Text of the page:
Legal reform advocates won't give in to 'obstructionists'
Claiming they will not back down from an uphill battle, advocates for legal reform called on Illinois legislators to advance a package of bills that will help put an end to lawsuit abuse, venue shopping and halt doctor exodus from the state.
"The pressure is just starting now," said Ed Murnane, president of the Illinois Civil Justice League as lawmakers get back to business after a long spring break. "A lot of business interests are going to be very aggressive lobbying."
Murnane, who said Democratic state leaders were "obstructionists" for thwarting a reform vote in a senate committee last month, was joined by Doug Whitley, president of the Illinois Chamber of Commerce and Lisa Rickard, president of the U.S. Chamber of Commerce Institue of Legal Reform in a press conference call Tuesday.
Rickard, pointing to findings in the 2005 ILR/Harris State Liability Ranking Study where Illinois ranked 46 out of 50 states on perception of legal fairness, said Illinois needs to follow in the footsteps of other states which have adopted legal reforms. The study, in which Madison and St. Clair County figured prominently, showed that more than 81 percent of respondents said perceptions of state jurisdictions affect business decisions, such as where to locate, according to Rickard.
"That does not bode well for us," she said.
"The momentum seems to be building everywhere but in Illinois to pass comprehensive legal reforms," said Rickard. We see it building and would like to see it move into Illinois."
Having dropped 12 places in three years in the Harris poll, the three Illinois counties responsible for Illinois' negative ranking include Madison, St. Clair and Cook Counties--which also ranked among the fifteen worst jurisdictions in the country.
"Predatory" lawyers filing suits against national companies in Illinois courts has an effect across the country--for workers, businesses and communities, "even in remote parts of the country," she said.
Rickard cited reforms in Missouri--the latest state to pass reform legislation designed to curb lawsuit abuse. She added that South Carolina, Georgia and Ohio also took action this year.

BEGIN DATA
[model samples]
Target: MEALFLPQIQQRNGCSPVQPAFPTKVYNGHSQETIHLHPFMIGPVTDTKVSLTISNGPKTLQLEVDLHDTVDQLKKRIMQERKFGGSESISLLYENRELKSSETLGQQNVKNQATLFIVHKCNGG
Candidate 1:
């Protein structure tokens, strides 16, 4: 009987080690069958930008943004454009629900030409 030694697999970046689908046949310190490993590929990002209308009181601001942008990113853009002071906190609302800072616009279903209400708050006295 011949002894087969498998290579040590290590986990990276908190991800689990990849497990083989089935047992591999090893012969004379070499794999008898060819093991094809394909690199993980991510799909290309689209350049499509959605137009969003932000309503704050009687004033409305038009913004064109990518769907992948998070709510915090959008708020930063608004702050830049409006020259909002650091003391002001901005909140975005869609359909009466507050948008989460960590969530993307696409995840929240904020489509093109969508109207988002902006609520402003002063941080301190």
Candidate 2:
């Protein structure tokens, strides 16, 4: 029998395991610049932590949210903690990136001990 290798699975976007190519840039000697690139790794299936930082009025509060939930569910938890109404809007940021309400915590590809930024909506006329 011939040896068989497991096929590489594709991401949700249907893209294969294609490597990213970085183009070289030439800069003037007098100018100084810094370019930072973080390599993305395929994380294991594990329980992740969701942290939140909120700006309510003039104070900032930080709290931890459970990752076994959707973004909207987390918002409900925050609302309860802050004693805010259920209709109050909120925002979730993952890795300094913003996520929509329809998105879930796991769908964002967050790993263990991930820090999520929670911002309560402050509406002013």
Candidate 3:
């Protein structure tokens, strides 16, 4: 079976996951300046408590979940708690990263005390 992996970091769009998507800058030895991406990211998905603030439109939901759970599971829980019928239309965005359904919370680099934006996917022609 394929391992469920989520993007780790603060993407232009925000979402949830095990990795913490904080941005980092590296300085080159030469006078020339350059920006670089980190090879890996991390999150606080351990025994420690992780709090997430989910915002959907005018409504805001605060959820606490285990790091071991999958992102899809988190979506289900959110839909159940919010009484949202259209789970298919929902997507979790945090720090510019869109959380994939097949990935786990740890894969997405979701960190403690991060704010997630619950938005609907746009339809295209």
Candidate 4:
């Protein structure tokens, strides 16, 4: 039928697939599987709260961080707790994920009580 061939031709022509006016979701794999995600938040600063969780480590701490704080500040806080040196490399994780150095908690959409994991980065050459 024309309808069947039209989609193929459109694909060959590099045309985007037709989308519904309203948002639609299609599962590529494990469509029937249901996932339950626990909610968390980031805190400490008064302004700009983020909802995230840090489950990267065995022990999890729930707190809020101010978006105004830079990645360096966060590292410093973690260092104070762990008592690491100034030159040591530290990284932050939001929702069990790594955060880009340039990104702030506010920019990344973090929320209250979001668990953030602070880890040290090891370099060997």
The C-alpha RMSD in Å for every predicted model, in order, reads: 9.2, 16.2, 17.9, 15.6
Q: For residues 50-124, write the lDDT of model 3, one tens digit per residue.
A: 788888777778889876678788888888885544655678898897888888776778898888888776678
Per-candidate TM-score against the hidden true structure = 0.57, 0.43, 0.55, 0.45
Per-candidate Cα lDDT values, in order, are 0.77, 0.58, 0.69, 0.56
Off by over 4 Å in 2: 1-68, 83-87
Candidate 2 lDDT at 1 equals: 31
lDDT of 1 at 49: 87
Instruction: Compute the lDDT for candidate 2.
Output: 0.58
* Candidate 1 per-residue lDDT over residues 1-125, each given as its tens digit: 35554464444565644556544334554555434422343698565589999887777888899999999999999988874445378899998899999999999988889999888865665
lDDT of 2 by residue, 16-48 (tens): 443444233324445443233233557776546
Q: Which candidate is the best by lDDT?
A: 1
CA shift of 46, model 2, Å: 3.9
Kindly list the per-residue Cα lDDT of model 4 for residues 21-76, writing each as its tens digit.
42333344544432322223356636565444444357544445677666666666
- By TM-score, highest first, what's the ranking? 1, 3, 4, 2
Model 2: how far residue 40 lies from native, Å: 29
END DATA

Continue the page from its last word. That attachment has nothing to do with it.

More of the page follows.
"Illinois could take a page from (other states) and should move down the path of legal reform. It is sorely needed."
Texas, which enacted reform in 2003, is seeing results already, Rickard said.
"Lawsuits have plummeted, insurance costs are down, doctors are returning," she said.
In the worst ranked legal jurisdiction in the country--Mississippi--the legal climate is already experiencing a positive change since reform was enacted last September, according to Rickard.
"It will take a while to move off of 50," she said.
While Murnane is under no delusion the Democratic-controlled Illinois legislature will have a change in heart when it comes to moving legal reform bills, he does believe greater media exposure is increasing awareness.
"I have no great optimism that (reform bills) are going to go anywhere," said Murnane. "The objective is to have a groundswell of awareness. To move the political mass."
"Democratic leadership is locked in bed with trial lawyers," said Murnane. "But the rank and file members want to get it done."
Whitley said the Illinois Chamber would be focusing efforts to raise public awareness by holding town hall meetings, holding face-to-face meetings with legislators and carrying out an advertising campaign.
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